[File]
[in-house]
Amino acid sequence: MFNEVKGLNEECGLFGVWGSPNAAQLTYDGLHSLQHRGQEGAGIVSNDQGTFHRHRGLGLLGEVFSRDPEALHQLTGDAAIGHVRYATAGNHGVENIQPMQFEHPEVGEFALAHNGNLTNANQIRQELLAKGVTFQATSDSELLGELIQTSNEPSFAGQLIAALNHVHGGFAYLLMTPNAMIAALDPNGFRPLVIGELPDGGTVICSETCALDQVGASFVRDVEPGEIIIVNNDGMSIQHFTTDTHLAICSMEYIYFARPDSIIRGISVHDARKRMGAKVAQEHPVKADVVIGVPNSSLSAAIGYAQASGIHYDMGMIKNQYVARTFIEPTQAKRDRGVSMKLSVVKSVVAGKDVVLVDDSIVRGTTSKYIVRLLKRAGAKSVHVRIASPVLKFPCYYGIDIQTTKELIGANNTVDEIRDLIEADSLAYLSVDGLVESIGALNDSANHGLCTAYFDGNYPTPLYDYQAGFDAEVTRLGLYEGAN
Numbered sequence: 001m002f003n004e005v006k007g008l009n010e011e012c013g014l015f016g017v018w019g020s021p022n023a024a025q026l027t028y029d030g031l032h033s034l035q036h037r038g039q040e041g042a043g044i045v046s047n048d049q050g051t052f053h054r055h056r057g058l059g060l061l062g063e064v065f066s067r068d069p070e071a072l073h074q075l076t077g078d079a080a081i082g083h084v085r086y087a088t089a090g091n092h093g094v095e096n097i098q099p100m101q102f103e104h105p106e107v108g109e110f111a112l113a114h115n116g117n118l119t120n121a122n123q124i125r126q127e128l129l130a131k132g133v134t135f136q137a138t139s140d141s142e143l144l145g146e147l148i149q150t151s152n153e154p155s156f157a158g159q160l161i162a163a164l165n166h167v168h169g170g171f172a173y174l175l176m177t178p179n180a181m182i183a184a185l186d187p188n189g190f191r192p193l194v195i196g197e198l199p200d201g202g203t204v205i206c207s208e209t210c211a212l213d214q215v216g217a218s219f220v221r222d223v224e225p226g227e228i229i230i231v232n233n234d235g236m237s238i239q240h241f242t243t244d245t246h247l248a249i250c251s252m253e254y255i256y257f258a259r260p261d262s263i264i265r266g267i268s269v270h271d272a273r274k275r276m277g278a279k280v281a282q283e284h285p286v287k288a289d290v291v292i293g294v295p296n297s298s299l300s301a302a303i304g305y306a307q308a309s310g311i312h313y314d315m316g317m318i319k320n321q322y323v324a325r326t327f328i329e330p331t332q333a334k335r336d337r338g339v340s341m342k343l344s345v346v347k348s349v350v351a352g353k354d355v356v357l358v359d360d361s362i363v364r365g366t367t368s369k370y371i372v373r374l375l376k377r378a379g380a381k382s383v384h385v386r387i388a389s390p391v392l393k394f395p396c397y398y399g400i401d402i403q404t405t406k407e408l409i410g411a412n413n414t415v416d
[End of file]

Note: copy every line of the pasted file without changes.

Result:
[in-house]
Amino acid sequence: MFNEVKGLNEECGLFGVWGSPNAAQLTYDGLHSLQHRGQEGAGIVSNDQGTFHRHRGLGLLGEVFSRDPEALHQLTGDAAIGHVRYATAGNHGVENIQPMQFEHPEVGEFALAHNGNLTNANQIRQELLAKGVTFQATSDSELLGELIQTSNEPSFAGQLIAALNHVHGGFAYLLMTPNAMIAALDPNGFRPLVIGELPDGGTVICSETCALDQVGASFVRDVEPGEIIIVNNDGMSIQHFTTDTHLAICSMEYIYFARPDSIIRGISVHDARKRMGAKVAQEHPVKADVVIGVPNSSLSAAIGYAQASGIHYDMGMIKNQYVARTFIEPTQAKRDRGVSMKLSVVKSVVAGKDVVLVDDSIVRGTTSKYIVRLLKRAGAKSVHVRIASPVLKFPCYYGIDIQTTKELIGANNTVDEIRDLIEADSLAYLSVDGLVESIGALNDSANHGLCTAYFDGNYPTPLYDYQAGFDAEVTRLGLYEGAN
Numbered sequence: 001m002f003n004e005v006k007g008l009n010e011e012c013g014l015f016g017v018w019g020s021p022n023a024a025q026l027t028y029d030g031l032h033s034l035q036h037r038g039q040e041g042a043g044i045v046s047n048d049q050g051t052f053h054r055h056r057g058l059g060l061l062g063e064v065f066s067r068d069p070e071a072l073h074q075l076t077g078d079a080a081i082g083h084v085r086y087a088t089a090g091n092h093g094v095e096n097i098q099p100m101q102f103e104h105p106e107v108g109e110f111a112l113a114h115n116g117n118l119t120n121a122n123q124i125r126q127e128l129l130a131k132g133v134t135f136q137a138t139s140d141s142e143l144l145g146e147l148i149q150t151s152n153e154p155s156f157a158g159q160l161i162a163a164l165n166h167v168h169g170g171f172a173y174l175l176m177t178p179n180a181m182i183a184a185l186d187p188n189g190f191r192p193l194v195i196g197e198l199p200d201g202g203t204v205i206c207s208e209t210c211a212l213d214q215v216g217a218s219f220v221r222d223v224e225p226g227e228i229i230i231v232n233n234d235g236m237s238i239q240h241f242t243t244d245t246h247l248a249i250c251s252m253e254y255i256y257f258a259r260p261d262s263i264i265r266g267i268s269v270h271d272a273r274k275r276m277g278a279k280v281a282q283e284h285p286v287k288a289d290v291v292i293g294v295p296n297s298s299l300s301a302a303i304g305y306a307q308a309s310g311i312h313y314d315m316g317m318i319k320n321q322y323v324a325r326t327f328i329e330p331t332q333a334k335r336d337r338g339v340s341m342k343l344s345v346v347k348s349v350v351a352g353k354d355v356v357l358v359d360d361s362i363v364r365g366t367t368s369k370y371i372v373r374l375l376k377r378a379g380a381k382s383v384h385v386r387i388a389s390p391v392l393k394f395p396c397y398y399g400i401d402i403q404t405t406k407e408l409i410g411a412n413n414t415v416d